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California | THE SUPERMARKET STRIKE

Crash Course in Trucking

At the loading docks, store managers take the wheels of big rigs

October 18, 2003|Ronald D. White | Times Staff Writer

Janice Mattoch climbed into the 18-wheeler's cab, shifted into reverse and backed the big tractor-trailer toward the loading dock.

Again, and again, and again.

Trucking, obviously, isn't Mattoch's usual line of work. A manager at Vons store No. 1916 on Foothill Boulevard in La Verne, she is one of many being pressed into unfamiliar jobs by the supermarket strike and lockout.

Teamsters union drivers aren't on strike, but they are refusing to cross picket lines set by the United Food and Commercial Workers union.

So, in an awkward ballet, union truckers drive from warehouses to stores, where they turn over their rigs to replacement drivers such as Mattoch, who then wrestle to align them with the dock.

As Mattoch seated herself in the white cab of the 2002 International Tractor, about 18 pickets raced around from the front of the store to watch the action.

Too much gas. Lurch. Too much brake. The air brakes hissed, and then -- boom!

"Oh, dear," said one female striker. On the sidewalk, the Teamster driver looked down at the ground and spit.

It sounded like Mattoch had slammed into the wall, but no -- it was just the sound that a 64-foot-long truck makes when its 31,000 pounds come to an abrupt halt.

Mattoch kept at it, alternating between too much gas pedal and too much brake pedal. Soon her truck resembled a jackknifed trailer, bent at a wild angle and headed for the store's block wall.

At least one boo was heard, but as she tried and tried, the pickets began pulling for the store manager. Finally, on her eighth attempt, she docked the rig. A cheer went up from the strikers.

"You guys make me nervous!" Mattoch yelled as she emerged from the cab.

"Well, she was a lot better than last time," conceded strike captain Dave Bagu, 48. Another watching picket admitted: "Better than I could do."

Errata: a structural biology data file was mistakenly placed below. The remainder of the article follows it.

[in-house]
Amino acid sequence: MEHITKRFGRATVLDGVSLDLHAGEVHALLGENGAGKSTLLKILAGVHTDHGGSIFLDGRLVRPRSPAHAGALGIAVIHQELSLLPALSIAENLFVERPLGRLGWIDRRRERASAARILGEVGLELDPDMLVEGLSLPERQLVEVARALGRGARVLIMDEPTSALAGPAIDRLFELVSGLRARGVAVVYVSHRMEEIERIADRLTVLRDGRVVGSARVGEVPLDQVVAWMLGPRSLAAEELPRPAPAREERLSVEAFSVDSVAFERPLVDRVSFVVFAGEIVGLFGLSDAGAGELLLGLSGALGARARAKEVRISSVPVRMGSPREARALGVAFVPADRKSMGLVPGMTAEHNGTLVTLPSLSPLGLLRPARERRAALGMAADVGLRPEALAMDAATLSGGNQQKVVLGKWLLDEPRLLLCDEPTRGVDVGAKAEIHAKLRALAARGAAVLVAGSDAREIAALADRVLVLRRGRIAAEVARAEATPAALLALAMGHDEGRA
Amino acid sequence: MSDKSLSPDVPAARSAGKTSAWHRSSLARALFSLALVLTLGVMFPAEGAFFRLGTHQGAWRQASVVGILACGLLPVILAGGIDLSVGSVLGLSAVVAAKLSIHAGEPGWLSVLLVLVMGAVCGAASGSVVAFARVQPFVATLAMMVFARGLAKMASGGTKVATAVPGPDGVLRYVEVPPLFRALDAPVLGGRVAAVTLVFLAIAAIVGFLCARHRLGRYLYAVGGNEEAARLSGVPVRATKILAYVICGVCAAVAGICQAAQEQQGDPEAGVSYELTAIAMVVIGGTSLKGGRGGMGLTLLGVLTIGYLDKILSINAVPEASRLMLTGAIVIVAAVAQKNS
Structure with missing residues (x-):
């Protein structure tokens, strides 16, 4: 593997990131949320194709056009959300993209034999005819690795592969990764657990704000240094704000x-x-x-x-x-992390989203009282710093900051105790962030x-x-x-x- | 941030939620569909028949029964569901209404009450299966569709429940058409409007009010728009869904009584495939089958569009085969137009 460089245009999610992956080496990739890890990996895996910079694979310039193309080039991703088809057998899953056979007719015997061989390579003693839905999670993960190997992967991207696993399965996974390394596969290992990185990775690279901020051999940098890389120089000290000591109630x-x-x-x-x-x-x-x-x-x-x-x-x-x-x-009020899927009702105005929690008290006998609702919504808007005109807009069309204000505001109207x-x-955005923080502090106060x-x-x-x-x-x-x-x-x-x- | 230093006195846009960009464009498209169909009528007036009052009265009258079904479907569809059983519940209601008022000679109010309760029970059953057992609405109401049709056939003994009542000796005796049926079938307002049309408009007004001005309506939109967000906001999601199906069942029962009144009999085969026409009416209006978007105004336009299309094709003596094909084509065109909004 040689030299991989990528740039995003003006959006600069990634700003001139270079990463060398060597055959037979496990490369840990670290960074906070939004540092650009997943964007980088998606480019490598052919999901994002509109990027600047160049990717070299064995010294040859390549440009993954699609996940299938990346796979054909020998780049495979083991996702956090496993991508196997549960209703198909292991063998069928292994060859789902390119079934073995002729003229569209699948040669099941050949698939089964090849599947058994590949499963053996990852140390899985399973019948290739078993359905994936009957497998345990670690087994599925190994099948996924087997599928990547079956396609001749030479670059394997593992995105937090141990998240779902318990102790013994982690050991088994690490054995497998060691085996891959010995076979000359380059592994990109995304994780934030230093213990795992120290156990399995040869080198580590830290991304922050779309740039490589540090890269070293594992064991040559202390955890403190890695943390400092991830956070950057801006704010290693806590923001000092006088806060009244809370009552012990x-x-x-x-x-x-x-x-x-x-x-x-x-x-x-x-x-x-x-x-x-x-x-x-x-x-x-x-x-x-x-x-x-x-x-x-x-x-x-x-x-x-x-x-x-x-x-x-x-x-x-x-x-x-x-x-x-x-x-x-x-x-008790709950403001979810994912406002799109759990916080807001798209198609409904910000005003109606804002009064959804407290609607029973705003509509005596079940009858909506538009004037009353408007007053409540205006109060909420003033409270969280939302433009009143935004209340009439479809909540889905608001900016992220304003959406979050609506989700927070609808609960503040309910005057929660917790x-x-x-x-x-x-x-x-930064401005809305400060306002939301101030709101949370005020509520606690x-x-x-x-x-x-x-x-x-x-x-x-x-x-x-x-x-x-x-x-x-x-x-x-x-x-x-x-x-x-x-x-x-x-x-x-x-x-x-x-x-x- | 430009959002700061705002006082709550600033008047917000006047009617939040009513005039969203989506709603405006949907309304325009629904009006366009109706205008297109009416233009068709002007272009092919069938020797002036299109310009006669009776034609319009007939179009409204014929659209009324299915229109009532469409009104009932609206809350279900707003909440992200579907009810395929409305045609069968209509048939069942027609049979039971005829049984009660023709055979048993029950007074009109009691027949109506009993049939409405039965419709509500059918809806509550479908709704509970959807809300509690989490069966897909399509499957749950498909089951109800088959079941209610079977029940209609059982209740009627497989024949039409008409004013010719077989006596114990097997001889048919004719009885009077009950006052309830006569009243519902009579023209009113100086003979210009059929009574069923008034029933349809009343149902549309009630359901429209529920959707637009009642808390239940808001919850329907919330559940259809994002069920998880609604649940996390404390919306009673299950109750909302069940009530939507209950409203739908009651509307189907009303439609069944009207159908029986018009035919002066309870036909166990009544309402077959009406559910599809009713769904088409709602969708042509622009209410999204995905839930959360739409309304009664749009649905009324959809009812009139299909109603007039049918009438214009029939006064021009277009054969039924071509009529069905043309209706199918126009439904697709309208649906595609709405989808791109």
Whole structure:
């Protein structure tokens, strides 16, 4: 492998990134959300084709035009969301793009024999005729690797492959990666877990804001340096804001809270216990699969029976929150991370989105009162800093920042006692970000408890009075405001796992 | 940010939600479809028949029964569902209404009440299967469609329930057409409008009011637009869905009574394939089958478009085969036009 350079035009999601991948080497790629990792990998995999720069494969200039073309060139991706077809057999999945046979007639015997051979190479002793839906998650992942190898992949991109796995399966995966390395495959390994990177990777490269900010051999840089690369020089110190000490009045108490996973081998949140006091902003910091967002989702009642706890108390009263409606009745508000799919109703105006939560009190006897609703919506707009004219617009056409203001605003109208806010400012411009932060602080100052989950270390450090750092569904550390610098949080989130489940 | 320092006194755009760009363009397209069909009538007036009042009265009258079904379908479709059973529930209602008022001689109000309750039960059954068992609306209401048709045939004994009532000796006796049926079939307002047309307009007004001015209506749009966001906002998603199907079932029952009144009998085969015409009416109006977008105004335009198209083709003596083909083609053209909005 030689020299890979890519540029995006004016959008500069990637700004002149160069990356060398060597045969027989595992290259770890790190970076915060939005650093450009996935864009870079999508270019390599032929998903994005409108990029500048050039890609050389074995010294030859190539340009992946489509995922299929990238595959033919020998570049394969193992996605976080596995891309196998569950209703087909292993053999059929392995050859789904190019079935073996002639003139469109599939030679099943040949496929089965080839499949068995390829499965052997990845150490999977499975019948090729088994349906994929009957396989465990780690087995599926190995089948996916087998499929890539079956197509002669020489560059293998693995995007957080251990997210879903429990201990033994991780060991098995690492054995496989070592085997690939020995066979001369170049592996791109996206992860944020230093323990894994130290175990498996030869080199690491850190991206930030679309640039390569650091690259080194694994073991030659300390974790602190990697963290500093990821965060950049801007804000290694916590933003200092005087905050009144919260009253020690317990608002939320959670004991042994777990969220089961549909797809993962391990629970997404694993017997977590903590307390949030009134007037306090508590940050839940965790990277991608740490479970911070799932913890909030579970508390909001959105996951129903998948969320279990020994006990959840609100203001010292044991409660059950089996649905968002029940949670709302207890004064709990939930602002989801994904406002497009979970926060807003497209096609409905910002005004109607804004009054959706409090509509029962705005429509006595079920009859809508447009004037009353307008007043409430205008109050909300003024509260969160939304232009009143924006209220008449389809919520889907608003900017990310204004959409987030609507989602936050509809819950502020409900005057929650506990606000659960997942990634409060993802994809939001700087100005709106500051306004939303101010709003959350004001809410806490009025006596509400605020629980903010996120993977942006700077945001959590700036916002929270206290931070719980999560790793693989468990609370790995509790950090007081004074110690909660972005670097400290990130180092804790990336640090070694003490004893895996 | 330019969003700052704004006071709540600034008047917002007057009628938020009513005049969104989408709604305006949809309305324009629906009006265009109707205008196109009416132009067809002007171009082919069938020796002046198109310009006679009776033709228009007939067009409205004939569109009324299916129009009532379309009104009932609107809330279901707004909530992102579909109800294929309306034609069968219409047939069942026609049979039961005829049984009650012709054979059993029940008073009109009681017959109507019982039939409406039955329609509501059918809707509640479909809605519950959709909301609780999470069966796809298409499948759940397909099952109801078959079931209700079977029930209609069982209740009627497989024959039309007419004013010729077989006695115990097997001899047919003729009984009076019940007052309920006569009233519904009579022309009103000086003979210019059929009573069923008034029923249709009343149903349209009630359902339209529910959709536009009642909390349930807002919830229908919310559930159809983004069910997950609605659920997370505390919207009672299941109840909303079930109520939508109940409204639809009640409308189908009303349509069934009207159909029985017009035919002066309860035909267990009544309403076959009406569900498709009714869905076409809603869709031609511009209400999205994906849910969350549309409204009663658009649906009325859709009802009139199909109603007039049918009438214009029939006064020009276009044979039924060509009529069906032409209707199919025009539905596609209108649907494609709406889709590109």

As the strike moved into its sixth full day Friday, there was no indication of any progress toward a settlement. Workers at Safeway Inc.'s Vons and Pavilions stores walked off the job Oct. 11 after talks on a new labor contract broke down. Kroger Co., which owns Ralphs, and Albertsons Inc. bargain jointly with Safeway and locked out their workers the next day.

The chains had anticipated a strike and had trained managers so they could get commercial driver's licenses from the Department of Motor Vehicles. Applicants must pass a written exam, a road test, a skills test -- including backing up -- and successfully perform a safety check.

Vons spokeswoman Sandra Calderon said most store managers had received the training, but couldn't say how many had obtained the licenses, or how many replacement drivers had been hired. Ralphs and Albertsons declined to comment.

After it was parked, Mattoch's truck was loaded with pumpkins that were not selling at the La Verne store. She then pulled the truck out to the street, where the Teamster driver took over again.

He drove the cargo to a Vons in Glendora, where the supermarket chain apparently thought the pumpkins would sell better, and relinquished the wheel to another manager, who refused to give his name.

Once again, the strikers ran around from the front of the store to watch the show.

"We've never seen him try this before," produce clerk Robert Griffith said.

The manager-trucker headed confidently down a long alley toward the rear loading dock. A little too confidently, though, as he failed to slow for the speed bump.

Another boom, this time from the sound of airborne wheels crashing back to earth. The manager took one stab at backing up to the dock. And then a second, a third and a fourth. Then the engine stalled. He fired it back up, lined the truck straight and true and pressed the accelerator.

Boom -- the trailer crashed into the loading dock, but there appeared to be no major damage. Despite the crash, store security guard Roger Jurkiewicz seemed impressed with the manager's performance.

"I never thought he could do it," Jurkiewicz said.

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